7 Reasons to Study in PEI

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Reason 1.  PEI is never crowded.

Prince Edward Island is Canada’s smallest and arguably most beautiful province.  Located on Canada’s Atlantic Coast, it is surrounded by Nova Scotia to the east, New Brunswick to south and Newfoundland to the northeast.

Only 140,000 people live on the island.  It’s quiet.  It’s safe.  And it’s charming.

Reason 2: PEI is easy to get to.

The capital city of Prince Edward Island is Charlottetown.  You can connect to Charlottetown from any of the international airport hubs, like Vancouver, Toronto, Montreal, or Halifax.

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Or, you can drive to PEI from New Brunswick via the Confederation Bridge or take one of the ferries from Nova Scotia or the Madeleine Islands in Quebec.

Confederation Bridge, Prince Edward Island

Reason 4:  PEI may be small, but it is rich in history and culture.

Charlottetown is a small town by international standards.  It only has 40,000 people, but it has all the amenities you would find in any city in North America.  It has one of the top ten comprehensive universities in Canada, the University of Prince Edward Island, and a thriving vocational college, Holland College.

 

If you’re coming from another country, you might be interested to know that the PEI government is very interested in recruiting people to work and set up businesses on the island.  For more information, check out the PEI immigration website by clicking here

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Prince Edward Island is the traditional and unceded territory of the Abegweit Mi’kmaq and Lennox Island First Nations.   The Mi’kmaq Confederacy of PEI hosts the Mawiomi (Powwow) each summer.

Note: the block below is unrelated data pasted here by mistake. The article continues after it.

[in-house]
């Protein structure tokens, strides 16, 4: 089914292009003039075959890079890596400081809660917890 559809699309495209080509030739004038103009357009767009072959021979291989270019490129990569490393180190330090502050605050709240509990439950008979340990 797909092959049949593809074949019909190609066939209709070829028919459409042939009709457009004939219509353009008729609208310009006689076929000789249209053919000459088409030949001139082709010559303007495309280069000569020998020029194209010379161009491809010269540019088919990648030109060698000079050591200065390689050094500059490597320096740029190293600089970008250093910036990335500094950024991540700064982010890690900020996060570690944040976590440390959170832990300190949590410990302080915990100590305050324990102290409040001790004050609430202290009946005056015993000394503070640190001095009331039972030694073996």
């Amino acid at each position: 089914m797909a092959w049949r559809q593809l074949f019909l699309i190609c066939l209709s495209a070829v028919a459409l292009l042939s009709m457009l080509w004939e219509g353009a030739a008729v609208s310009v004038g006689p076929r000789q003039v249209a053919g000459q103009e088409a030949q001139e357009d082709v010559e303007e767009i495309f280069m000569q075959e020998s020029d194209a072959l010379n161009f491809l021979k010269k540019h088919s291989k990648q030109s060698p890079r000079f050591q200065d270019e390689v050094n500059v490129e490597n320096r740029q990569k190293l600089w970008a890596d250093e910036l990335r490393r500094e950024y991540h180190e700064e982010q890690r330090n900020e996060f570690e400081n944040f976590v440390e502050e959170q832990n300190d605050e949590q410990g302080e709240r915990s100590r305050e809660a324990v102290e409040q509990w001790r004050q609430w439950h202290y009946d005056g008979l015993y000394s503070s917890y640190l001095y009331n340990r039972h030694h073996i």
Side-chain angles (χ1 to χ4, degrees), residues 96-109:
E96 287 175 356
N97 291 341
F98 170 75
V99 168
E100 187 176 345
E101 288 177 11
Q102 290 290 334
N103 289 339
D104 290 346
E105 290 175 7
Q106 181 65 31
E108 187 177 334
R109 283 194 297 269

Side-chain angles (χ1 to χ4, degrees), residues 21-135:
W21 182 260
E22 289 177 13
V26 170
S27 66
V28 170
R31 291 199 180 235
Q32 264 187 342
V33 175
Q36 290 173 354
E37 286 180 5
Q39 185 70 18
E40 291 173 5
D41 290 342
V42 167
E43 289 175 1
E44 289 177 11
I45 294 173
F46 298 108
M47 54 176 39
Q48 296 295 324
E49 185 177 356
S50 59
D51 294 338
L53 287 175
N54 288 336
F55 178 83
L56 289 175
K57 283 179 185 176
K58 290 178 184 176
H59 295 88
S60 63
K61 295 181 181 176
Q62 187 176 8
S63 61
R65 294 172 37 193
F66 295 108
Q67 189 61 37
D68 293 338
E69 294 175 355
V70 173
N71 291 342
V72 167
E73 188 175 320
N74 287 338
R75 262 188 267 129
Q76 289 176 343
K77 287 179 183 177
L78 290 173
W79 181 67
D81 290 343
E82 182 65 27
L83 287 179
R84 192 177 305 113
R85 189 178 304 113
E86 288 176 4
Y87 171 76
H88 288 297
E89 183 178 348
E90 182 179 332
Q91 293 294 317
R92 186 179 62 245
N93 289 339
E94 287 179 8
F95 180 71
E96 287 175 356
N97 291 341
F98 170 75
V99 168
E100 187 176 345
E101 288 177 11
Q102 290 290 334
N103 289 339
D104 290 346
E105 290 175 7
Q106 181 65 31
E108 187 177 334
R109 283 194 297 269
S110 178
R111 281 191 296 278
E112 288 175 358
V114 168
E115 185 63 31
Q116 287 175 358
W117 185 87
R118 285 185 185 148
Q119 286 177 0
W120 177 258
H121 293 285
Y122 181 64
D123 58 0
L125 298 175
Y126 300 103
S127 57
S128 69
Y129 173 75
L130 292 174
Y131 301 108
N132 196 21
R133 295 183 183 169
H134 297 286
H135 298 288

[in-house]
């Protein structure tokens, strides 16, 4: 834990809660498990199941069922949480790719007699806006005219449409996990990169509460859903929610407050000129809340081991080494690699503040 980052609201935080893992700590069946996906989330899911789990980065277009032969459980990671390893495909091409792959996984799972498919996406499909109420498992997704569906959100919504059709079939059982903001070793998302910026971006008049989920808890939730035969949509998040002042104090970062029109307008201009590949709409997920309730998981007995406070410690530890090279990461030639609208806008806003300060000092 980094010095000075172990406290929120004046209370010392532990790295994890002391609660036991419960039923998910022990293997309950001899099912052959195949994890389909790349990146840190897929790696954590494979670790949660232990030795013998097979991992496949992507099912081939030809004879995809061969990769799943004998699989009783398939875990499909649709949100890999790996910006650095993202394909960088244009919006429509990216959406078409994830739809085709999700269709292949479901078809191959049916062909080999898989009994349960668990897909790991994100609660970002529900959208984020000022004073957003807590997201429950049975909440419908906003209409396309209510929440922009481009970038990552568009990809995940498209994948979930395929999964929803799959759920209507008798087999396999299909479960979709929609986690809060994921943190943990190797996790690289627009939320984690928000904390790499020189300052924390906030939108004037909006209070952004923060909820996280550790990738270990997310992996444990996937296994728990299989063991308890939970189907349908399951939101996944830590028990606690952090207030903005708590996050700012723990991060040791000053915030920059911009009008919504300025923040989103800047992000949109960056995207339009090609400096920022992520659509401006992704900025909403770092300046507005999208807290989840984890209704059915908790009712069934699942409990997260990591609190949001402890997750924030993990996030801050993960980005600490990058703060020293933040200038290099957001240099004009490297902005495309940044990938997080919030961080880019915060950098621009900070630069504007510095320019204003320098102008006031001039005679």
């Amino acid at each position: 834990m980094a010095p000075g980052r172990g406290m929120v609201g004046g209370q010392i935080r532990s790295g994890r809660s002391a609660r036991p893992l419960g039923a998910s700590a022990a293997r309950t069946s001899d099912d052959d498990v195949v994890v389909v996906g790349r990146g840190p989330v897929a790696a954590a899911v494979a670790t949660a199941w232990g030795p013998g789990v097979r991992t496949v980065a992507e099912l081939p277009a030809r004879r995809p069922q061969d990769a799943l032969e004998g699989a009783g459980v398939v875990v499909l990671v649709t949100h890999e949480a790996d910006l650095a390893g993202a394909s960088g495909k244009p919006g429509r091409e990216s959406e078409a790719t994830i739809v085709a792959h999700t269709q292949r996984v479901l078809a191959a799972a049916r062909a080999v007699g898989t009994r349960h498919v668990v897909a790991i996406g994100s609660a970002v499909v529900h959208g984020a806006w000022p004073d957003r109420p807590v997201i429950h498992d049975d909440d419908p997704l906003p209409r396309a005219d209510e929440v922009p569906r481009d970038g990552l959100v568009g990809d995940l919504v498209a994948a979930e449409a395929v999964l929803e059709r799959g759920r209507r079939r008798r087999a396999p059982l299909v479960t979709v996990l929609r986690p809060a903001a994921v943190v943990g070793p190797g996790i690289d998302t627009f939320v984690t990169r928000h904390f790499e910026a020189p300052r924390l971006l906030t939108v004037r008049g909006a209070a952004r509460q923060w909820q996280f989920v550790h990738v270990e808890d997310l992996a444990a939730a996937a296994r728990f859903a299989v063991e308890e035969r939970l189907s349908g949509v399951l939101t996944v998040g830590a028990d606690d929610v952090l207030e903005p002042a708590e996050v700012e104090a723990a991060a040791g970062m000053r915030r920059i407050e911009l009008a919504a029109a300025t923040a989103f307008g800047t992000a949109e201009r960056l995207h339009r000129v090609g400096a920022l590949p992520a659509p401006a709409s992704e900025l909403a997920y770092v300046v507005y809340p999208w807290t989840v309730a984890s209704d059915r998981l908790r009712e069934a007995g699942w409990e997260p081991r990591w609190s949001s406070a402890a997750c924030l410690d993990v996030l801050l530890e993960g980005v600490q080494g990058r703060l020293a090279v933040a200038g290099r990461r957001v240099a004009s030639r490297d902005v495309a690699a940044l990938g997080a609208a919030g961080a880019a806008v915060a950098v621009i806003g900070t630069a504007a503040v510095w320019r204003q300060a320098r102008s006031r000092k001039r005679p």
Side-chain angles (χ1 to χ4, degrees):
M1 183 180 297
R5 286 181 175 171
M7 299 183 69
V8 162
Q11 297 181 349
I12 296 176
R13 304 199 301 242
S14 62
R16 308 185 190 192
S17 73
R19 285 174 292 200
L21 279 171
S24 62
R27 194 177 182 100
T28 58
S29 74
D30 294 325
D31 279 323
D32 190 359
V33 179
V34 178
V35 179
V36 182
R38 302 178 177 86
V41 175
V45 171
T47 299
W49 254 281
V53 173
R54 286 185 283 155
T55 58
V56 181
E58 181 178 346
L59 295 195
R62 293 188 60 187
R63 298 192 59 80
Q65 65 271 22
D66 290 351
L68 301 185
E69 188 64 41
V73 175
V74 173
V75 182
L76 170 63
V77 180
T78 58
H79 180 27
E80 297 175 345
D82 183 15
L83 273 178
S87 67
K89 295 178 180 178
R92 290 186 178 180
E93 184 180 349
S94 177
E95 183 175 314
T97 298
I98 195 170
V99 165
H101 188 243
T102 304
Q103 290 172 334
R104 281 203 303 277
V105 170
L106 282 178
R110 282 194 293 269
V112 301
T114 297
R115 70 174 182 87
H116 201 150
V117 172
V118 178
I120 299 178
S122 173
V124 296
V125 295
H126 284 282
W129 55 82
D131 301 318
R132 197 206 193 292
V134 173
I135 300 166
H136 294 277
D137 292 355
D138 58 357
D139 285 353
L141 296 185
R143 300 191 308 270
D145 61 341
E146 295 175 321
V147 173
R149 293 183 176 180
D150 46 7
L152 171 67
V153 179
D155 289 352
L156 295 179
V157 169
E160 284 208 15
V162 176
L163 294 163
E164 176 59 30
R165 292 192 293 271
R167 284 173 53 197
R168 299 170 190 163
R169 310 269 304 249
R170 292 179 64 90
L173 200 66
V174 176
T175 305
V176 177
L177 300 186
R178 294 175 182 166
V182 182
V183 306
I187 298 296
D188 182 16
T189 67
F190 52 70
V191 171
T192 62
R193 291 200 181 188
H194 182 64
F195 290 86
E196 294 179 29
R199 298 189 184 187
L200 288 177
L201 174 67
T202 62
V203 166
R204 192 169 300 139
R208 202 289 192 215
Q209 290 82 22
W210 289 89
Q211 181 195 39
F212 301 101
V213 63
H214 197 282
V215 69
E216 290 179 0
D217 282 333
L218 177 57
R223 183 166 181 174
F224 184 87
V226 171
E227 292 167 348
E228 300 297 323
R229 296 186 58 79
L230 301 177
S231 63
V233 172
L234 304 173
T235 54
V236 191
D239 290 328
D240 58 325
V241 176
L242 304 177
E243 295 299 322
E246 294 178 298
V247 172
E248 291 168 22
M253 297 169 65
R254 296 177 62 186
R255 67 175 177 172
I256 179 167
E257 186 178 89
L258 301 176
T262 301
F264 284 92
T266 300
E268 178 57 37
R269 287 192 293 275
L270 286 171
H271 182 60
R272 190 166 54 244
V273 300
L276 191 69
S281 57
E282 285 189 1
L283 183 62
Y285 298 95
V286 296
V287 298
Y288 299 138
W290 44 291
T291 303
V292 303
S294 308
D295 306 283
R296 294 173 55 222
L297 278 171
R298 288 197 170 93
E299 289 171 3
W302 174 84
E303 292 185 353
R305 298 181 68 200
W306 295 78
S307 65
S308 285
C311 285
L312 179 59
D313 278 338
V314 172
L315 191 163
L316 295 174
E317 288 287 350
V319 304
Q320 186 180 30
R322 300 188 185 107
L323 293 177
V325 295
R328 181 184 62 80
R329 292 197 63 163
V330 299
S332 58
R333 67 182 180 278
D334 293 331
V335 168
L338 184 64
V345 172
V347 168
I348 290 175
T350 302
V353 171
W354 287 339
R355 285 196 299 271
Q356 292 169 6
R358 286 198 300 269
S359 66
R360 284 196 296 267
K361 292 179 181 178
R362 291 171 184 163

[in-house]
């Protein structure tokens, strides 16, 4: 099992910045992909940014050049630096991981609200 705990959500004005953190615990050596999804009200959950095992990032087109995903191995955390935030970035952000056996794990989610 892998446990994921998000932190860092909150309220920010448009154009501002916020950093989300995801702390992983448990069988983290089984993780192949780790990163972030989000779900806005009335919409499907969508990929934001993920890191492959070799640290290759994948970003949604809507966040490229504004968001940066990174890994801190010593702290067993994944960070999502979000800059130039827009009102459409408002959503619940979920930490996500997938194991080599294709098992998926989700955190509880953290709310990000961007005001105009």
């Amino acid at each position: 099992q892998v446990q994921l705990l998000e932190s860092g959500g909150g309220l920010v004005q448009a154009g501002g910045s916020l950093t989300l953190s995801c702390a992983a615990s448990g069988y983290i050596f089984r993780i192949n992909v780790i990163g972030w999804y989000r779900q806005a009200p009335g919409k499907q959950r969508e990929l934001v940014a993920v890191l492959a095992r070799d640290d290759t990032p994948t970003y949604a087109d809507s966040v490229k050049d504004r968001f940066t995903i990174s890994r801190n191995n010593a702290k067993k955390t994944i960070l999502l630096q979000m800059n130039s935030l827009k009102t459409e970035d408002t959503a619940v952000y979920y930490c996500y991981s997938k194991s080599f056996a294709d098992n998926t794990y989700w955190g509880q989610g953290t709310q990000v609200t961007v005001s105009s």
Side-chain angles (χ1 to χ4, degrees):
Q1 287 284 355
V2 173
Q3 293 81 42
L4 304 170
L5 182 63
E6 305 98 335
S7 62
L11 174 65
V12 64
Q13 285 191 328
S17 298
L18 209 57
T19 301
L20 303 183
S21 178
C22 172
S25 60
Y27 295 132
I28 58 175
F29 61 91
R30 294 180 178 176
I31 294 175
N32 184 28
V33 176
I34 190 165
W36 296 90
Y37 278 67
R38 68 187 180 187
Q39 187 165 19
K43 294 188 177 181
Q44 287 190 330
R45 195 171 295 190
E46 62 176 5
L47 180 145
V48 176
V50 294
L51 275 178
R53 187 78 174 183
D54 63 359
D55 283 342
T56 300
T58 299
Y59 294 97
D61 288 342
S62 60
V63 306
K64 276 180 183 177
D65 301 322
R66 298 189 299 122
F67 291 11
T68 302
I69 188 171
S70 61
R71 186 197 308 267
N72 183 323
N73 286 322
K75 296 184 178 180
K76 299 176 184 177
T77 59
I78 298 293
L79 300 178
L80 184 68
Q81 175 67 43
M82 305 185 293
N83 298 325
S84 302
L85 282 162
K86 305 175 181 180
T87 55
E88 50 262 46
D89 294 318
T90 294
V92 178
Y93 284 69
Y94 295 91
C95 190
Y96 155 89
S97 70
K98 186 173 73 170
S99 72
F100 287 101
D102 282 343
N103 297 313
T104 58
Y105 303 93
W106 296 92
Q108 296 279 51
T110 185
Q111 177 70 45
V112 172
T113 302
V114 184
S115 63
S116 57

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The island has a complicated and sometimes violent history beneath its rolling hills and beautiful farmlands.  French colonists, known as Acadians, brokered a deal with the Abegweit Mi’kmaq people and established colonies on the coastline around the island beginning in 1604.  They referred to the island as “Isle de Saint Jean” or “Saint John’s Island.”

They were removed by English troops in 1758.  Some relocated to New Orleans or other parts of French North America where their descendants are now known as “Cajuns”.  Some Acadians relocated back to PEI later in the 1800s and their specific dialect of French is still spoken in parts of western PEI.

Beginning the early 19th century, the province was further colonized by Scots and Irish.  The impact of these Celtic people still resonates today.  Folk music inspired by this history and tradition is still widely performed around the island during the summer.

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Today, the province is very cosmopolitan with people from everywhere choosing to make their home here. It’s a place that celebrates summer.  Tourists come from all over the world to play on the beaches and see world famous sites, like the Anne of Green Gables Museum.

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Reason 5: It has a nationally-funded art museum

Don’t be fooled by its Brutalist 1960s grey, concrete architecture.  The Confederation Centre for the Arts is a treasure dropped into the centre of historic Charlottetown.  It has a fantastic collection of historic and contemporary Canadian art and its curators are always working hard to make their exhibits more provocative, entertaining and thought-provoking.  Click on the image and explore the Centre’s online collection.

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Reason 6: The weather

Prince Edward Island has four distinct seasons.  Winter can be cold and snowy, but it also has its own beauty.  From May to the end of November, the weather here is spectacular.  It’s never too cold or too hot or too wet.  And there’s a reason why the island comes alive during the summer and swells with literally millions of tourists each year.  You just can’t beat a PEI summer.

Reason 7: The Food

It’s also an island that celebrates food.  It’s famous for its seafood, especially lobster and mussels, but there is a lot to explore.  For more information on restaurants in Charlottetown, click here.

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Contact us for a schedule or let us build a customized learning program for you today: cltd.pei@gmail.com

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